The emotional support is as important as the work Sweet Baby Jo does, Owen said. Now 62, Owen spent most of her life hiding her disability and staying within a small comfort zone. Since she got Sweet Baby Jo, Owen has started traveling. She speaks at panels about farmers with disabilities.
 
"It gave me back my self-esteem and pride," Owen said.
 
Troy Balderston has been in a wheelchair since a car accident in 2010. It left him a quadriplegic. He said he wouldn't be able to work on a feedlot in Norton, Kansas, or live on his farm near Beaver City, Nebraska, without Duke. That is his border collie. Duke was provided by PHARM Dog. He was trained by McKay.
 
"Duke keeps me safe. He keeps the cattle from running me over," Balderston said. "He goes everywhere I go. He's a great worker and a great companion."
 
PHARM Dog USA has had inquiries from farmers in several other states. Those include New York, Colorado and Mississippi. But Allenbrand said it isn't yet financially possible to meet those needs. She hopes to someday have corporate sponsorship to expand the effort because, "there are farmers all over the country who need this service," she said. "It's important that we help them."

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CRITICAL THINKING QUESTION
Why did "PHARM Dog USA" choose this name?
Write your answers in the comments section below


COMMENTS (19)
  • avak-haw
    9/22/2015 - 08:20 a.m.

    PHARM Dog USA chose this name because they help farmers who have disabilities and send out border collies to them. For free! They also chose this name because the RM in PHARM stands for rural Missouri. This was one of my favorite articles! I loved this.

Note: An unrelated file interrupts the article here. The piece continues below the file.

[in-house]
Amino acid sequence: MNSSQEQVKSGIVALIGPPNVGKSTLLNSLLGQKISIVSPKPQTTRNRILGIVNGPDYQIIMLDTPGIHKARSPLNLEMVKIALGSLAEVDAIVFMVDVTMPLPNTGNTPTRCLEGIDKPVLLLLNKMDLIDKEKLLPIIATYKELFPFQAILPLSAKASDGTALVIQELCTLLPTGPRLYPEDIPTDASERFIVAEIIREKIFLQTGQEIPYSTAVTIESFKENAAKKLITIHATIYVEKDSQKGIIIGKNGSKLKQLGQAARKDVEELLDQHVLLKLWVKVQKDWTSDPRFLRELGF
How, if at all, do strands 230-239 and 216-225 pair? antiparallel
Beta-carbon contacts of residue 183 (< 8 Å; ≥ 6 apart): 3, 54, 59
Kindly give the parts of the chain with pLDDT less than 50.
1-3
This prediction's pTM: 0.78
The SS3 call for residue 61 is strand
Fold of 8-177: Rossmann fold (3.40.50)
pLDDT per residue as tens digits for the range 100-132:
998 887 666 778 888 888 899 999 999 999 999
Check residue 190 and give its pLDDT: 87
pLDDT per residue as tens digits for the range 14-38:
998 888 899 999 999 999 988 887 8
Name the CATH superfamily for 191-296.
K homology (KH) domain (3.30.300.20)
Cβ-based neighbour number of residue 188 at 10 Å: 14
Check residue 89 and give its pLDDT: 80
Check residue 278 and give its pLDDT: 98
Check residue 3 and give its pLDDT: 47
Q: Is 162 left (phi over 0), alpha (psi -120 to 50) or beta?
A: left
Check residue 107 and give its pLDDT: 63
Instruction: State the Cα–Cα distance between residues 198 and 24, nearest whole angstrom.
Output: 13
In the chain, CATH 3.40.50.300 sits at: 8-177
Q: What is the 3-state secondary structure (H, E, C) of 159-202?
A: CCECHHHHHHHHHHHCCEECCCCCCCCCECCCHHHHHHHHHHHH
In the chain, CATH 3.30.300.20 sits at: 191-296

• avak-haw
      2/16/2016 - 08:14 a.m.

      I loved that one, too.

  • abbyk-haw
    9/22/2015 - 08:20 a.m.

    I think they choose this name because it stands for Pets Helping agriculture in Rural Missouri.

  • thomask-haw
    9/22/2015 - 08:20 a.m.

    Pharmacists help people medically, so it`s like a dog pharmacist.

  • lizziem-haw
    9/22/2015 - 08:35 a.m.

    This text is important because it tells you that colles are caring.They can help you and they care about you.

  • georgiam-haw
    9/22/2015 - 09:39 a.m.

    I think they chose PHARM because it does not spell farm but it does sound like farm. They chose dog because they train dogs for farmers with disabilities. Then they chose USA because they train the dogs and give the dogs to people in the USA.

  • lyndonb-haw
    9/22/2015 - 09:40 a.m.

    They do because they take care of them and give them names.

  • katem-haw
    9/22/2015 - 09:42 a.m.

    The bog was vary helpful.

  • mallorya-haw
    9/22/2015 - 09:42 a.m.

    I think they chose it because they are giving these dogs to people on farms.People can still have a farm thanks to PHARM Dog USA.

  • isabellar-haw
    9/22/2015 - 09:45 a.m.

    They most likely chose the name because they are helping farmers and if you look at how it is spelled and how it sounds it actully says farm in the name.The name has a very good meaning and will help alot of people.